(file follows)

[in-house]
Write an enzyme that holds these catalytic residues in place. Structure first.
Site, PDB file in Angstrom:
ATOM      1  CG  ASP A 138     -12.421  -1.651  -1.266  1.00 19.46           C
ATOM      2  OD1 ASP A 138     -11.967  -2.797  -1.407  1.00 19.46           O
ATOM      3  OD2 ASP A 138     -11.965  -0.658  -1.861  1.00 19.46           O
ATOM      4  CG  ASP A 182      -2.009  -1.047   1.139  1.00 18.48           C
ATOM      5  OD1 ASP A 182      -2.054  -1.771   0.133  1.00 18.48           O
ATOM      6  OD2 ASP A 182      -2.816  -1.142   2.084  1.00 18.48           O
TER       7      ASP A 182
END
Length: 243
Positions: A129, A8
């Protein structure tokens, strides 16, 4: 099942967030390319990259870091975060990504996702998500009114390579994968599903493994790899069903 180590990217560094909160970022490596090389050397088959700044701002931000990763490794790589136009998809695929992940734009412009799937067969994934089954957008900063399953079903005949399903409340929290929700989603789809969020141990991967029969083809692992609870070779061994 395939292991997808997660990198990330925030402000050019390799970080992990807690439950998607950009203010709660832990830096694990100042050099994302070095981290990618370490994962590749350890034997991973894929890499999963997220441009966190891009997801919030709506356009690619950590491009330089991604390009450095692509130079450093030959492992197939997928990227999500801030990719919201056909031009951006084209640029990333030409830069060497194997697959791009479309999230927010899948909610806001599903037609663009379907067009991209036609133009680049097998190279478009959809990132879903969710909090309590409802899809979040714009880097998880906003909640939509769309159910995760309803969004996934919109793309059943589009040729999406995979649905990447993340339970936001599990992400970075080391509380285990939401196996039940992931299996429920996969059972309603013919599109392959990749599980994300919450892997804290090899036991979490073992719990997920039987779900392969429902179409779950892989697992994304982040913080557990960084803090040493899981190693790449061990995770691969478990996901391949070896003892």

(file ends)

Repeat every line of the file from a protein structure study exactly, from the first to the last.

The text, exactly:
[in-house]
Write an enzyme that holds these catalytic residues in place. Structure first.
Site, PDB file in Angstrom:
ATOM      1  CG  ASP A 138     -12.421  -1.651  -1.266  1.00 19.46           C
ATOM      2  OD1 ASP A 138     -11.967  -2.797  -1.407  1.00 19.46           O
ATOM      3  OD2 ASP A 138     -11.965  -0.658  -1.861  1.00 19.46           O
ATOM      4  CG  ASP A 182      -2.009  -1.047   1.139  1.00 18.48           C
ATOM      5  OD1 ASP A 182      -2.054  -1.771   0.133  1.00 18.48           O
ATOM      6  OD2 ASP A 182      -2.816  -1.142   2.084  1.00 18.48           O
TER       7      ASP A 182
END
Length: 243
Positions: A129, A8
């Protein structure tokens, strides 16, 4: 099942967030390319990259870091975060990504996702998500009114390579994968599903493994790899069903 180590990217560094909160970022490596090389050397088959700044701002931000990763490794790589136009998809695929992940734009412009799937067969994934089954957008900063399953079903005949399903409340929290929700989603789809969020141990991967029969083809692992609870070779061994 395939292991997808997660990198990330925030402000050019390799970080992990807690439950998607950009203010709660832990830096694990100042050099994302070095981290990618370490994962590749350890034997991973894929890499999963997220441009966190891009997801919030709506356009690619950590491009330089991604390009450095692509130079450093030959492992197939997928990227999500801030990719919201056909031009951006084209640029990333030409830069060497194997697959791009479309999230927010899948909610806001599903037609663009379907067009991209036609133009680049097998190279478009959809990132879903969710909090309590409802899809979040714009880097998880906003909640939509769309159910995760309803969004996934919109793309059943589009040729999406995979649905990447993340339970936001599990992400970075080391509380285990939401196996039940992931299996429920996969059972309603013919599109392959990749599980994300919450892997804290090899036991979490073992719990997920039987779900392969429902179409779950892989697992994304982040913080557990960084803090040493899981190693790449061990995770691969478990996901391949070896003892």